Thank you for the clarification.
There is a federal law in play there. Under the Age Discrimination
in Employment Act, your employer cannot force you to immediately sign a severance agreement if the agreement includes a promise to not sue.
According to the U.S. Equal Employment Opportunity
Commission, if your agreement includes a waiver of age claims, then there are seven factors that must be satisfied. At a minimum:
1. A written waiver must be written in a manner that can be clearly understood. EEOC
regulations emphasize that waivers must be drafted in plain language geared to the level of comprehension and education of the average individual(s) eligible to participate. Usually this requires the elimination of technical jargon and long, complex sentences. In addition, the waiver must not have the effect of misleading, misinforming, or failing to inform participants and must present any advantages or disadvantages without either exaggerating the benefits or minimizing the limitations.
Example : An employee, who had worked for his company for 28 years, was selected for an involuntary RIF and asked to sign a "General Release and Covenant Not to Sue” (severance agreement) in exchange for money. The severance agreement provided, among other things, that the employee “released” his employer “from all claims . . . of whatever kind,” including claims under the ADEA
and any other federal, state, or local law dealing with discrimination
in employment. The severance agreement also referenced “covenants not to sue” and stated that “[t]his covenant not to sue does not apply to actions based solely under the [ADEA].” After reading the severance agreement, the employee asked his supervisor if the exception for ADEA claims contained in the covenant not to sue meant he could sue the employer if his suit was limited to claims under the ADEA. His supervisor contacted the employer’s legal department and then sent the employee an e-mail stating, "Regarding your question on the General Release and Covenant Not to Sue, the wording is as intended. . . . . The site attorney was not comfortable providing an interpretation for you and suggested you consult with your own attorney."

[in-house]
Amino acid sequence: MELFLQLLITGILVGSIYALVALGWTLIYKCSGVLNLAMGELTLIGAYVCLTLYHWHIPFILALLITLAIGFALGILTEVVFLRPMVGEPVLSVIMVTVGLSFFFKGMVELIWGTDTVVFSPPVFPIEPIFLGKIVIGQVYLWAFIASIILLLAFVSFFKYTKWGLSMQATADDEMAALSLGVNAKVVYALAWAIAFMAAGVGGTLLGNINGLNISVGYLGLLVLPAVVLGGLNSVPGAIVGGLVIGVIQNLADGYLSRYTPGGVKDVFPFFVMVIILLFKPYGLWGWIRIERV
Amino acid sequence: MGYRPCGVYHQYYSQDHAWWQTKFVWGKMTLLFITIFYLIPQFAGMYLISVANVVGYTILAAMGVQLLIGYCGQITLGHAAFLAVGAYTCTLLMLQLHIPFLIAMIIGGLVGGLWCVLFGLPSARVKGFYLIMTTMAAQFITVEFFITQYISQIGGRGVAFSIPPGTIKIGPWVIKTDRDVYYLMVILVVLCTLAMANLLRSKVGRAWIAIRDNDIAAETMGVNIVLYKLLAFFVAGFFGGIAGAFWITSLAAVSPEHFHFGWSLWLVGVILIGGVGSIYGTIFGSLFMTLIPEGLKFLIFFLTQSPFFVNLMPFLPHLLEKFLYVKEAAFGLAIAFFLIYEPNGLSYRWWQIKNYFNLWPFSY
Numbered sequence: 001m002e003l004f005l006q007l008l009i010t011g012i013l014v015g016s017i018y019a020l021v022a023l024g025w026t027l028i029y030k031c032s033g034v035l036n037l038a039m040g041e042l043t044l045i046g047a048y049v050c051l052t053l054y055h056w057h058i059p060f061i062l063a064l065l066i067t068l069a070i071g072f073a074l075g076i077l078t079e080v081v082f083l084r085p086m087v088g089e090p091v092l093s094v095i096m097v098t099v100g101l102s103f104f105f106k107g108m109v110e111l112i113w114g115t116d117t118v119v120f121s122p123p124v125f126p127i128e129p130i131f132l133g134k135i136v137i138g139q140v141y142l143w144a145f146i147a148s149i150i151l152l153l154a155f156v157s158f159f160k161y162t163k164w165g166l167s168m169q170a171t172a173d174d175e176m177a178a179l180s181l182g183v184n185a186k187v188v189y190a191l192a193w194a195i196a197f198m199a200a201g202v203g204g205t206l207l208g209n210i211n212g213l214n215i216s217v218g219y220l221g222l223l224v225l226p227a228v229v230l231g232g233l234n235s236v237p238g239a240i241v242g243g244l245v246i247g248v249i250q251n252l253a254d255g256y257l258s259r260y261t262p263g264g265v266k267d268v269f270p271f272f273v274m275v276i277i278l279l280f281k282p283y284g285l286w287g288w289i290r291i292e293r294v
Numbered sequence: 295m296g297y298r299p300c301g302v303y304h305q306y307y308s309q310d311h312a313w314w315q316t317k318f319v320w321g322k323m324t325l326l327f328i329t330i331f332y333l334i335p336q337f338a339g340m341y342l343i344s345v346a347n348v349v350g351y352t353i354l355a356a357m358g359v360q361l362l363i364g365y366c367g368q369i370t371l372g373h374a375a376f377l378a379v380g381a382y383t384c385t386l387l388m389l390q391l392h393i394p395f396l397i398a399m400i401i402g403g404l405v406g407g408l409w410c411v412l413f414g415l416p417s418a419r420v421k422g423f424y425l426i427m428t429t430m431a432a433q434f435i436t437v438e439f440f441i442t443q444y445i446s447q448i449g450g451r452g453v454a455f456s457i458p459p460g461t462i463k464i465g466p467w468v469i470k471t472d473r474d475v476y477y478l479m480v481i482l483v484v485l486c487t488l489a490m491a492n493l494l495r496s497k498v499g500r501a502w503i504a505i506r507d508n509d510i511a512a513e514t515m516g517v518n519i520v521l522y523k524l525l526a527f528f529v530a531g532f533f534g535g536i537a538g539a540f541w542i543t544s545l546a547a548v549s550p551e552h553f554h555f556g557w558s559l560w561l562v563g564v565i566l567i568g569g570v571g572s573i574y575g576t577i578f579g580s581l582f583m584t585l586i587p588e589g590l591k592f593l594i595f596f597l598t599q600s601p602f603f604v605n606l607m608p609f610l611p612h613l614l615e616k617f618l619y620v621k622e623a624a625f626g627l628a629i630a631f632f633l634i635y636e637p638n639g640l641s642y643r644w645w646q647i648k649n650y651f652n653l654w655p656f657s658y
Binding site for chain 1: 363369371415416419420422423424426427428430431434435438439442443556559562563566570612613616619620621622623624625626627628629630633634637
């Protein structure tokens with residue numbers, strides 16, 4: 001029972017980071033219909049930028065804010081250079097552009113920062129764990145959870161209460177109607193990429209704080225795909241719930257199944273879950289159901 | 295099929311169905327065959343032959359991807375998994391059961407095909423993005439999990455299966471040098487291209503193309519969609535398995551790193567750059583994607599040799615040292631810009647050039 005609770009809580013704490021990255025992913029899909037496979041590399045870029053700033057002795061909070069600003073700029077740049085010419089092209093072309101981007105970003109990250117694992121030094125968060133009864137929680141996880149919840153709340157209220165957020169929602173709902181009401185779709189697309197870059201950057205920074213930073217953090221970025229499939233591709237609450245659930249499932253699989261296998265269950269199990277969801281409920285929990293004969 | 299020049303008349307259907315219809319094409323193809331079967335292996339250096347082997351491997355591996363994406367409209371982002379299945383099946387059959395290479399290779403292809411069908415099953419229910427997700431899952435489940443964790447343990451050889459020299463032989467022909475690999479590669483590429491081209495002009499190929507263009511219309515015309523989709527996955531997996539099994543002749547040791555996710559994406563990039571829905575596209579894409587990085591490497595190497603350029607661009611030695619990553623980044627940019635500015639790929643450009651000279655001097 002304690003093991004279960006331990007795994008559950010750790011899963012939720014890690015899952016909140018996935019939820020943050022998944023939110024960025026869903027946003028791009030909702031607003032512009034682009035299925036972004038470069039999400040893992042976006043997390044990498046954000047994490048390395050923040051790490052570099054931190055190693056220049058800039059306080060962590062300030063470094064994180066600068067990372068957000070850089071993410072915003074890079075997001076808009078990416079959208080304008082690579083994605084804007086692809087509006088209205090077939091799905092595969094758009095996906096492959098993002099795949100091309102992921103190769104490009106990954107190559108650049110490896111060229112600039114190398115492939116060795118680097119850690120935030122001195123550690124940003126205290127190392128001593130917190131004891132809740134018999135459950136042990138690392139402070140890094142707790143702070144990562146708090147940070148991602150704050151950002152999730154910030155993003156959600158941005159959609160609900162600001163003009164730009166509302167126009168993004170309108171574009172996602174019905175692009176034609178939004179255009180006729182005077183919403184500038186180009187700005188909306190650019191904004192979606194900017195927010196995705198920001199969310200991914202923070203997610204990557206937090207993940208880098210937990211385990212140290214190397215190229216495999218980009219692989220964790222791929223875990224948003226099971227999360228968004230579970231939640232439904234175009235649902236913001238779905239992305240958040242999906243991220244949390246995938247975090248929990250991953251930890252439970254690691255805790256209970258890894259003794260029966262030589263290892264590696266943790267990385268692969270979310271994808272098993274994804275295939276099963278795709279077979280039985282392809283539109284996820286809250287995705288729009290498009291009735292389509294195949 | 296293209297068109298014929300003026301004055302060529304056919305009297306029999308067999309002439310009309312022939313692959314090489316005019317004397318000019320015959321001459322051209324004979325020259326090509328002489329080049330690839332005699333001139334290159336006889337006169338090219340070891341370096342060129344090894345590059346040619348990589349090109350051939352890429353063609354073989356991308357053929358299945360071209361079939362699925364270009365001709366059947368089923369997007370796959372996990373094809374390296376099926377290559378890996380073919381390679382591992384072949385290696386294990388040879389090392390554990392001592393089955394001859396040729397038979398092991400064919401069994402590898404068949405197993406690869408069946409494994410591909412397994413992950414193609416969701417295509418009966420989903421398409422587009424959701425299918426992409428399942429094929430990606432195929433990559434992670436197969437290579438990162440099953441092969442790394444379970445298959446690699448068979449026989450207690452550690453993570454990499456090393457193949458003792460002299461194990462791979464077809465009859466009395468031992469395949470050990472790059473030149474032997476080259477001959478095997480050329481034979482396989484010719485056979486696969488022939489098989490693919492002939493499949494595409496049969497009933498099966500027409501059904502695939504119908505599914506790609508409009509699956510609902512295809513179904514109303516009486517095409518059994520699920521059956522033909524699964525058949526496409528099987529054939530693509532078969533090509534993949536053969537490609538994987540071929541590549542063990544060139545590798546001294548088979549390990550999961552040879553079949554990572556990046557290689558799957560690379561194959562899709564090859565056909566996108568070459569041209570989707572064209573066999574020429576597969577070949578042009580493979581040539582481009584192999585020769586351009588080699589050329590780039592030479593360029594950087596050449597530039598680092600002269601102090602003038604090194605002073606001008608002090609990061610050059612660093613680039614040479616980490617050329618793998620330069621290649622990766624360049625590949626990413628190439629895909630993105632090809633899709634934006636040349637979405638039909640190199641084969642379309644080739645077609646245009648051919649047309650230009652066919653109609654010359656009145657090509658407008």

The employee signed the agreement, collected severance benefits, and then sued his employer for age discrimination under the ADEA. A court held that the severance agreement was not enforceable because it was not written in a manner calculated to be understood.
2. A waiver must specifically refer to rights or claims arising under the ADEA. EEOC regulations specifically state that an Older Workers Benefit Protection Act waiver must expressly spell out the Age Discrimination in Employment Act (ADEA) by name.
3. A waiver must advise the employee in writing to consult an attorney before accepting the agreement.
Example: A release stating: “I have had reasonable and sufficient time and opportunity to consult with an independent legal representative of my own choosing before signing this Complete Release of All Claims,” did not comply with OWBPA
’s requirement that an individual be advised to consult with an attorney. Although the voluntary early retirement agreement advised employees to consult financial and tax advisors, to seek advice from local personnel representatives, and to attend retirement seminars, it said nothing about seeking independent legal advice prior to making the election to retire and accepting the agreement.4. A waiver must provide the employee with at least 21 days to consider the offer. The regulations clarify that the 21-day consideration period runs from the date of the employer’s final offer. If material changes to the final offer are made, the 21-day period starts over.
5. A waiver must give an employee seven days to revoke his or her signature. The seven-day revocation
period cannot be changed or waived by either party for any reason.
6. A waiver must not include rights and claims that may arise after the date on which the waiver is executed. This provision bars waiving rights regarding new acts of discrimination that occur after the date of signing, such as a claim that an employer retaliated against a former employee who filed a charge with the EEOC by giving an unfavorable reference to a prospective employer.
Example: An employee who received enhanced severance benefits in exchange for waiving her right to challenge her layoff
later filed suit. In finding the waiver valid, the court noted that because the waiver clearly stated that she was releasing any claims that she “may now have or have had,” it did not require her to waive future claims hat may arise after the waiver was signed.
7. A waiver must be supported by consideration in addition to that to which the employee already is entitled.
If a waiver of age claims fails to meet any of these seven requirements, it is invalid and unenforceable. In addition, an employer cannot attempt to “cure” a defective waiver by issuing a subsequent letter containing OWBPA-required information that was omitted from the original agreement.
So, as you can see, as a general matter, under federal law, your employer cannot require your immediate signature on a document if that document also includes language which says that you will not sue.
You may want to print off this page and share it with your employer if they don't believe you: http://www.eeoc.gov/policy/docs/qanda_severance-agreements.html#IV
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